The United States has to continue to make funding scientific research on Alzheimer's disease and other causes of dementia a top priority, according to the members of the Senate Special Committee on Aging.
The fiscal climate may be challenging, but the Alzheimer's Association is estimating that, unless the country finds some way to prevent Alzheimer's disease (AD), cure it or substantially improve treatments for disease, the condition will cost the United States alone about $20 trillion over the next 40 years, the committee has concluded in a report in which it looks at how other countries are handling dementia.
"These staggering projections underscore not only the human, scientific and clinical challenges, but also the financial impact of AD without new discoveries," the committee said.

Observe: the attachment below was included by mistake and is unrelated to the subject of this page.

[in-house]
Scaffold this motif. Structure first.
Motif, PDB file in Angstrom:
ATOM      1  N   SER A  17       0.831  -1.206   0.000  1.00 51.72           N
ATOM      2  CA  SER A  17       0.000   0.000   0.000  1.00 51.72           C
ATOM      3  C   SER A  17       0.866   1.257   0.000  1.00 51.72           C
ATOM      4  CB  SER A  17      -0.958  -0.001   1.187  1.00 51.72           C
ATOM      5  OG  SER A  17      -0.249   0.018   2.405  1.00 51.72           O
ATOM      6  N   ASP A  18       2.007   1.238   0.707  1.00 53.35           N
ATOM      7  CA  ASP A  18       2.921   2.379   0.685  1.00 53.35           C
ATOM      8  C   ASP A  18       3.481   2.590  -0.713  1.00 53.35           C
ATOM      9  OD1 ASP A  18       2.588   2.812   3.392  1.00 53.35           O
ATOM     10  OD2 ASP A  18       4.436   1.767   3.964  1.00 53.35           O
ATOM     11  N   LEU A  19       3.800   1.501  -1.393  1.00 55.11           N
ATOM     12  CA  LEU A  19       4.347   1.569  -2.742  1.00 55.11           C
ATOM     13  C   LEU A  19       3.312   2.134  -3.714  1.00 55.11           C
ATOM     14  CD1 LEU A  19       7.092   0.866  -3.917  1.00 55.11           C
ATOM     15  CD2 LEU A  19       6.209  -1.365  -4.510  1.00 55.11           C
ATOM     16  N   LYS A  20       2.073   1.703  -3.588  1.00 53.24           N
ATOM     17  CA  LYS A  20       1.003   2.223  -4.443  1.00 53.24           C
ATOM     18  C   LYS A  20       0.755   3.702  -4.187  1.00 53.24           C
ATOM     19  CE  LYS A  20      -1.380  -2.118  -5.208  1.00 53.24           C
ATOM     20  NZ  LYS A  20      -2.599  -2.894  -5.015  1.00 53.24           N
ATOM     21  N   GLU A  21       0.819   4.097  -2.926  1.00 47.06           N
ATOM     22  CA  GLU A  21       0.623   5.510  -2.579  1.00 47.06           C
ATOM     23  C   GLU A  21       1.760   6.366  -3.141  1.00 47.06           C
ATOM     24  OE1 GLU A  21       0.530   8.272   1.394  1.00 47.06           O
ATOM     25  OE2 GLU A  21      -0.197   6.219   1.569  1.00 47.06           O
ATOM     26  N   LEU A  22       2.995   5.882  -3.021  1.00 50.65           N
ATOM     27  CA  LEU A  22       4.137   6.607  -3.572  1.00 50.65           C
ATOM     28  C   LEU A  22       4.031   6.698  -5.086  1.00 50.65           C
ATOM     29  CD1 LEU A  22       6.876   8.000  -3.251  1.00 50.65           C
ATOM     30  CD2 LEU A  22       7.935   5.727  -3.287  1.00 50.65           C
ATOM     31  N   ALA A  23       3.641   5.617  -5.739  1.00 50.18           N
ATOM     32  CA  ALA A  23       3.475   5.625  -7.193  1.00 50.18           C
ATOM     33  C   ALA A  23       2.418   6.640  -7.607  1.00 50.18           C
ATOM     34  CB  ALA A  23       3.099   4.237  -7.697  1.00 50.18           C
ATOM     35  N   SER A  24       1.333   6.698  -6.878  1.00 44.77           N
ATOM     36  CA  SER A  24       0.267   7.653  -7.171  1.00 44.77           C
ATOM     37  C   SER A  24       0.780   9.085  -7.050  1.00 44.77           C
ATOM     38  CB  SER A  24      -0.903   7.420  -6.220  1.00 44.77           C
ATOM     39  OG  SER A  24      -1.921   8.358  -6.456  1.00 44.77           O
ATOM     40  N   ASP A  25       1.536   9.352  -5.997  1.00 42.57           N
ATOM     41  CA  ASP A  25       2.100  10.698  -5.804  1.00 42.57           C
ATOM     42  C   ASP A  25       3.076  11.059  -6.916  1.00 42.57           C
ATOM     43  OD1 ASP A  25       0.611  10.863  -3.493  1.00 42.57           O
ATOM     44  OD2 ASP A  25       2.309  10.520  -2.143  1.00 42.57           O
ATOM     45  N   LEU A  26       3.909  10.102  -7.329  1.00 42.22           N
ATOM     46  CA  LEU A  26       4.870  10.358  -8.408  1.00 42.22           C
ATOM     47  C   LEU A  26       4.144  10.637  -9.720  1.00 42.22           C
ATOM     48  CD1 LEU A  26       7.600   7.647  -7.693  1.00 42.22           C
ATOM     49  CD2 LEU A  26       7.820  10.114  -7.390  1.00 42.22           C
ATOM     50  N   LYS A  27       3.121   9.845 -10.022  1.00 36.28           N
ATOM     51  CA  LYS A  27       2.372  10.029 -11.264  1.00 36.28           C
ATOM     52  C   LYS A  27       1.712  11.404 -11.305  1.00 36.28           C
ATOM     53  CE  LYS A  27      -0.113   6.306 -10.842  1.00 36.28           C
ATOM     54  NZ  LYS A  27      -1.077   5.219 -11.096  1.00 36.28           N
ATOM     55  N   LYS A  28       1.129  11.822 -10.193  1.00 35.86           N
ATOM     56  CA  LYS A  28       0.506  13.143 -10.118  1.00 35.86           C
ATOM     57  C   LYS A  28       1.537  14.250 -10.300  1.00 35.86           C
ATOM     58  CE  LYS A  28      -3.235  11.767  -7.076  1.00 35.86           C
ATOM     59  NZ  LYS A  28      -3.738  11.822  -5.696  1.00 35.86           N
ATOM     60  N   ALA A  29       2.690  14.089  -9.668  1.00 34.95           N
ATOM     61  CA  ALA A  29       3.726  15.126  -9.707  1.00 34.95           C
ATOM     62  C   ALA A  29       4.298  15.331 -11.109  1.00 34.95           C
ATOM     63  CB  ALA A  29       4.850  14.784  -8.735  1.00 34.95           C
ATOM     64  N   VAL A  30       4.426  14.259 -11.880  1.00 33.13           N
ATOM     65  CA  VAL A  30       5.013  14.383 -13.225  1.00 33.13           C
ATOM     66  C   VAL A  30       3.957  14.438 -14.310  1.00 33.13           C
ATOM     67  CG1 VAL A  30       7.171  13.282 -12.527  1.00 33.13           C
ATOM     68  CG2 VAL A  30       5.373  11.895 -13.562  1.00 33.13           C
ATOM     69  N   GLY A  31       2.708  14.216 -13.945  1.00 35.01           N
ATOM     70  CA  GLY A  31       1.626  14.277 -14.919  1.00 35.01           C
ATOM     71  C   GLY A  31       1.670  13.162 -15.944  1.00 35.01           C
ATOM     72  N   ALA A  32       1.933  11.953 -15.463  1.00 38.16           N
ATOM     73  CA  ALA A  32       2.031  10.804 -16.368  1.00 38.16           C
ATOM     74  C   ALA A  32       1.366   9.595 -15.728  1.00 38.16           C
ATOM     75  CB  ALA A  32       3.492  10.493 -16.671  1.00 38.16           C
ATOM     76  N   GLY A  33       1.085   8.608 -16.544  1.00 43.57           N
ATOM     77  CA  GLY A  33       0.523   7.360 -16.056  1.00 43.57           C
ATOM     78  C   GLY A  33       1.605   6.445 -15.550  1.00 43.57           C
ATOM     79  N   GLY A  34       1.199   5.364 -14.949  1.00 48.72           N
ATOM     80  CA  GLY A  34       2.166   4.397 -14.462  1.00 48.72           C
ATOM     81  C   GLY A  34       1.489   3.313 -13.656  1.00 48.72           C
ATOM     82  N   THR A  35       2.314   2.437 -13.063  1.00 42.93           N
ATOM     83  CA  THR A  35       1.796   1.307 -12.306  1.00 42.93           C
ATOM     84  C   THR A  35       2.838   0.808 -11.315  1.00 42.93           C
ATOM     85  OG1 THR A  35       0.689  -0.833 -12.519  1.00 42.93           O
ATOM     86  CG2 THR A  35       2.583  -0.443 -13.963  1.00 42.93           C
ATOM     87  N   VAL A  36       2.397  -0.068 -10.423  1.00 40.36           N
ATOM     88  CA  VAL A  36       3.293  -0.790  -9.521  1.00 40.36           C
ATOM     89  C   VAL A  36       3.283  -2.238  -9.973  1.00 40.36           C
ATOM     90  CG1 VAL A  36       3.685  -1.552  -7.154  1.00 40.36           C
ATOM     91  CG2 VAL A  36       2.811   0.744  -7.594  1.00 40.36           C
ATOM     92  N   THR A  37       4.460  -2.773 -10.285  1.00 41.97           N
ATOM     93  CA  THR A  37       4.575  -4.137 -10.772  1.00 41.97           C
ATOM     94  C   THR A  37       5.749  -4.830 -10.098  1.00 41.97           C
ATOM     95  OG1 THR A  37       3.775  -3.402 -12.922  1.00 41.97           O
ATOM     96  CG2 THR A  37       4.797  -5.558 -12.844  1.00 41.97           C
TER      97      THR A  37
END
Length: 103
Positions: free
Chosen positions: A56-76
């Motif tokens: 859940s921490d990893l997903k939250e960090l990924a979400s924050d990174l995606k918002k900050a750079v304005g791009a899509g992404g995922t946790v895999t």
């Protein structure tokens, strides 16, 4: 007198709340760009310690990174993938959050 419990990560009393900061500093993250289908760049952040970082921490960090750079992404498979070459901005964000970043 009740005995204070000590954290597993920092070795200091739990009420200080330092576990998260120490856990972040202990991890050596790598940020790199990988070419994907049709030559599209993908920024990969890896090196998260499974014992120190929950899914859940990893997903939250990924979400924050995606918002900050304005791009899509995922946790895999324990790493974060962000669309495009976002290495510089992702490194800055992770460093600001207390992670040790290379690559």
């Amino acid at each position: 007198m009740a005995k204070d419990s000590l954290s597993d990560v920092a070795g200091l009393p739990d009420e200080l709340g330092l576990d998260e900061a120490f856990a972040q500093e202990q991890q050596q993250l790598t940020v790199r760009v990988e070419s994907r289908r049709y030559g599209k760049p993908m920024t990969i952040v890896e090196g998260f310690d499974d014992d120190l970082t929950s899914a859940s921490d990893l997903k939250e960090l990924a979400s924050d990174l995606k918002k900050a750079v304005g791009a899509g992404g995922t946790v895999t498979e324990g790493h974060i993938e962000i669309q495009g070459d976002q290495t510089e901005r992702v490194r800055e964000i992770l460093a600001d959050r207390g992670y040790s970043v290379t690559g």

The committee talks about long-term care insurance (LTCI) mainly in discussions of dementia care funding in France and Japan.
France provides a great deal of public funding for long-term care (LTC) services through the country's public health insurance system and through a social insurance system of cash support, the committee said in the report.
"France also has a well-developed private long-term care insurance (LTCI) market, which covers individuals in both individual and group markets," the committee said. "In 2010, private LTCI in France covered the equivalent of 15 percent of the population aged 40 and older. Private LTCI benefits are paid in cash similar to the public assistance program."
In Japan, the government has a mandatory social insurance program for citizens ages 65 and older that provides LTC benefits, the committee said.
All individuals ages 40 and over must contribute to the program.
About half of the LTC costs are covered by national, prefectural and municipal taxes, and half by the participants' premium payments, the committee said.
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